Māori seats may be abolished as a result.  National proposes to do away with them in any event by 2014, a move which would co-incide with a return to a first-past-the-post voting system, most like.  One wonders how long the Mana Party will exist under such circumstances, whatever Hone Harawira's political skills.

ACT likewise, unless it can win a number of electorate seats.

Brash has said the ACT brand is severely damaged.  It has been, by internal wrangling, dismissals, revelations about past illegalities and recent expenses scandals.  He might want to change its name.  Had he been unsuccessful in his pusch, it was reported that he planned to start an 'Economic Reform Party'.  What would members and supporters be called, Economic Reformers?  Rather cumbersome.

Rebranding can be expensive, as any corporate makeover design consultancy would tell you.  And it's very hard to get right.  That's why Shell keeps its shell, albeit occasionally modified.  Get it wrong and the media are scathing.  Like the UK LibDems with their yellow bird-in-flight logo:  supposed to represent freedom and democracy but mocked by Margaret Thatcher as being as "dead as John Cleese's parrot".  Or, the British Conservatives with their tree motif: likened to broccoli by an ex-party chairman.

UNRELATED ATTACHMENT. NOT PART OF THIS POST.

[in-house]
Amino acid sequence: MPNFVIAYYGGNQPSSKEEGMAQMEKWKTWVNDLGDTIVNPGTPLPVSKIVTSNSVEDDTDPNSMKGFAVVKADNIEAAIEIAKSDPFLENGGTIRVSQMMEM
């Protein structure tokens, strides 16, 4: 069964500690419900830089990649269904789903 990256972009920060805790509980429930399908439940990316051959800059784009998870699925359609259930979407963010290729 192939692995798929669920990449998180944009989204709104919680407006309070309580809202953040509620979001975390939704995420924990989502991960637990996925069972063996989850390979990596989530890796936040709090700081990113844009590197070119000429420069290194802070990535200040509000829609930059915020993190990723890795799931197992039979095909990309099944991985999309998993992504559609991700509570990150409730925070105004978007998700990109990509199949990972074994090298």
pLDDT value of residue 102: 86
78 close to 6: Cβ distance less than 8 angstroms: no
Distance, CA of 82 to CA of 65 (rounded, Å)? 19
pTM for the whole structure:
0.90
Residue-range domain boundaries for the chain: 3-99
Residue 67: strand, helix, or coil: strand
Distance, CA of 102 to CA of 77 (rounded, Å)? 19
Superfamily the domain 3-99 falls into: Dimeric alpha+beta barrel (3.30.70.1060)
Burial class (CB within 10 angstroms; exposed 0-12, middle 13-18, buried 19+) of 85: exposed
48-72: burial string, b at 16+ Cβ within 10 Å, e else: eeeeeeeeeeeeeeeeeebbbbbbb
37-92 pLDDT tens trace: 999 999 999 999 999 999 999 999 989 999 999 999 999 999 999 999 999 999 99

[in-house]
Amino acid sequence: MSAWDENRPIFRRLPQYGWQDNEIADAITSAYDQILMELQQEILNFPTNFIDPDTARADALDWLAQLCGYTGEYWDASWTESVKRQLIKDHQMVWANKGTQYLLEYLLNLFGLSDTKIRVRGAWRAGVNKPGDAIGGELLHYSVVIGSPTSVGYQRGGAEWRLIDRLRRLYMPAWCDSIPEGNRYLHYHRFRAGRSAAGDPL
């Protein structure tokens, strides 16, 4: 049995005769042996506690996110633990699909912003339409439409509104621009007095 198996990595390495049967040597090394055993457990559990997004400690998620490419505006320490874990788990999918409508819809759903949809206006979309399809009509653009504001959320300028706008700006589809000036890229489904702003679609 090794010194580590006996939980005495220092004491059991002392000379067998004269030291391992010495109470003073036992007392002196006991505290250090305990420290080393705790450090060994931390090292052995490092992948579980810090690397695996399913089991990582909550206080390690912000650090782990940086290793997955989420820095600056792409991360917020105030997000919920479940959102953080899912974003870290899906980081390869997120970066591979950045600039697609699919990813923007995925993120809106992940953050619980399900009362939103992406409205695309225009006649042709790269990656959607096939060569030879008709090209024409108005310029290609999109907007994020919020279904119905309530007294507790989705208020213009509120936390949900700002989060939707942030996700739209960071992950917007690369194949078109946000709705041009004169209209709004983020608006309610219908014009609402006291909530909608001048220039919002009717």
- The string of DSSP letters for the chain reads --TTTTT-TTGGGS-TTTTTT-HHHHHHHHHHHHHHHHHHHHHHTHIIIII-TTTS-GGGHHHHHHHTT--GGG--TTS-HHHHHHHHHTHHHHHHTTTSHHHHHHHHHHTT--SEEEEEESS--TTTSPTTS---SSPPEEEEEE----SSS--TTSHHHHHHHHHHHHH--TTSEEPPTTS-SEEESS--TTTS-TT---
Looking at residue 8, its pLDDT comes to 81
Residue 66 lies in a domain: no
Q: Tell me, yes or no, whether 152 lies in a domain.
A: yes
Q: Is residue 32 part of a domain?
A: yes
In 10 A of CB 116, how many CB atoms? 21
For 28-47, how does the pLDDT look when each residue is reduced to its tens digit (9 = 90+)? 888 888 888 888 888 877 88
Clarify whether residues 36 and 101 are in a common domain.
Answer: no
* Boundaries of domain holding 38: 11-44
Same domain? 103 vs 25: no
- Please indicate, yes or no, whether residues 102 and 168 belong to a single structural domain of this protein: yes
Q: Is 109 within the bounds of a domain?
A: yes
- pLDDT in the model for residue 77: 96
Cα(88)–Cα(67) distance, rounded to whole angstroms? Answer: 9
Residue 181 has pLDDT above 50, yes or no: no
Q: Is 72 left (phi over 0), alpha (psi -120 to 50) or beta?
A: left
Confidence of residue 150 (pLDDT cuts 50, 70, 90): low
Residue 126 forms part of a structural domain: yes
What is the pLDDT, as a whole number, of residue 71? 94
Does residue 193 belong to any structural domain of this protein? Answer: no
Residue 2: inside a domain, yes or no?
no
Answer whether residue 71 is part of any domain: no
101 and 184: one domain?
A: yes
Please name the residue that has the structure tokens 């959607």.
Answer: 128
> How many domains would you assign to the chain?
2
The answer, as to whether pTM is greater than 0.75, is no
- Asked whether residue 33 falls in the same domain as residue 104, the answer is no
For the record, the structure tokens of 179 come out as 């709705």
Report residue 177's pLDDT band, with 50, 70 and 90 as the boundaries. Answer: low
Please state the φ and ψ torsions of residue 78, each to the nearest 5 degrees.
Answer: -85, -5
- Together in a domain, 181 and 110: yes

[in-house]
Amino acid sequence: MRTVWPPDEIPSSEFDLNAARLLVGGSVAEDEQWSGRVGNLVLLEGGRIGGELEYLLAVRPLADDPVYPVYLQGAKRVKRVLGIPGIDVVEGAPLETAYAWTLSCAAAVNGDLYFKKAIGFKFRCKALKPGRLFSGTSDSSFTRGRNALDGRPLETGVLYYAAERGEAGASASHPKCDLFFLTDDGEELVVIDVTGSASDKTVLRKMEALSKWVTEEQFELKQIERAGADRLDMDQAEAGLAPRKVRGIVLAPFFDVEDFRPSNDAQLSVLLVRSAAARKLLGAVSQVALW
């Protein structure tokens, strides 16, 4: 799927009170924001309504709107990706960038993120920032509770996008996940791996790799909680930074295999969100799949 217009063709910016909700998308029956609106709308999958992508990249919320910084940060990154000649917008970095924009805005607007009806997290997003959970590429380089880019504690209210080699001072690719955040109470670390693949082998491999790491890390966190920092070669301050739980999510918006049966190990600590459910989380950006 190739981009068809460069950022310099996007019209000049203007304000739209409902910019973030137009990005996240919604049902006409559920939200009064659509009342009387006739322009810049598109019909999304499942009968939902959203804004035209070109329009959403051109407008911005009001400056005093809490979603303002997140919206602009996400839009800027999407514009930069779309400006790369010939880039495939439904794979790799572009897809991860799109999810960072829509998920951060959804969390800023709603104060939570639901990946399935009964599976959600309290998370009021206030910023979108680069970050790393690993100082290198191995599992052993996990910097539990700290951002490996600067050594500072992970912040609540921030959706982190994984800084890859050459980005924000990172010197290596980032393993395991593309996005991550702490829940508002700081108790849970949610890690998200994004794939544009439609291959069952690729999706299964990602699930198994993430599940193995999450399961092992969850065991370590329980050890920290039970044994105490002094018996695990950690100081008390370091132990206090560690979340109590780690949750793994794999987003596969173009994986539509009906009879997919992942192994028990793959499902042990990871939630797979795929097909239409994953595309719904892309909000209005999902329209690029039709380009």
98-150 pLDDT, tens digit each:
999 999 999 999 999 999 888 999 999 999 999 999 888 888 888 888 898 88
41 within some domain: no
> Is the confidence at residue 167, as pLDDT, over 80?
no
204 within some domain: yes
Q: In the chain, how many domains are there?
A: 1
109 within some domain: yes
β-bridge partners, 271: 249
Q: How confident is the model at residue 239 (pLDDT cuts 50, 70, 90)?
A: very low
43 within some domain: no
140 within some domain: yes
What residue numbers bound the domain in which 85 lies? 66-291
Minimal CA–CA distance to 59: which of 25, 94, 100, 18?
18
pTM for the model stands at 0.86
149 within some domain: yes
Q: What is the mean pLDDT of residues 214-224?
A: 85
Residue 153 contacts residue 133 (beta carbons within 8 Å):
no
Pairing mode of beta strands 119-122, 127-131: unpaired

But ACT is tarnished and an apt name-change accompanied by a logo modernisation might work wonders, if the name rings true and the symbol attractive and memorable.  Brash is reported to have business money backing him.  He'll need it.  ACT candidate in Epsom in November is likely to be John Banks, an ex-Auckland Mayor and former National minister.  Brash is aiming for 15 percent nationally in the upcoming general election and a cabinet seat as Finance Minister.  Previous ACT Deputy Leader, ousted by Hide, is Heather Roy - now touted as the new Leader of ACT in the current parliament.

Update April 30:  Mana has officially launched with Hone Harawira calling for an imminent by-election in his Te Tai Tokerau electorate.  It's clearer now that the new party is aiming for a broad left cross-race stance, appealing to both pakeha (or non-Māori) and Māori support.  Left-wing ex-Green MP Sue Bradford was among those pakeha present at the launch party.  Given that under Phil Goff's leadership, the Labour Party has shifted centre-left, there's a gap on the Left which Mana hopes to fill.  National under PM John Key has taken over the entire centre ground and Labour is now squeezed.  There are only six months remaining before the election, and it might be in Key's interests to keep to the existing timetable rather than call a snap poll.  This would give Mana time to develop momentum and put more pressure on Labour.  

The prospect after November 26 for the Wellington NZ House of Representatives of 120 seats (plus 'overhang' to provide proportionality, of which there are 2 in the parliament of 2008-11):
  • National 54 (down 4)
  • Labour 40 (down 3)
  • ACT 12 (up 7)
  • Green 9 (same)
  • Māori Party 4 (down 1)
  • Mana Party 2 (new party)
  • United Future 1 (same)
Failing to pass 5% threshold or to win an electorate (constituency):
  • New Zealand First 0 (same)
  • Progressives 0 (down 1)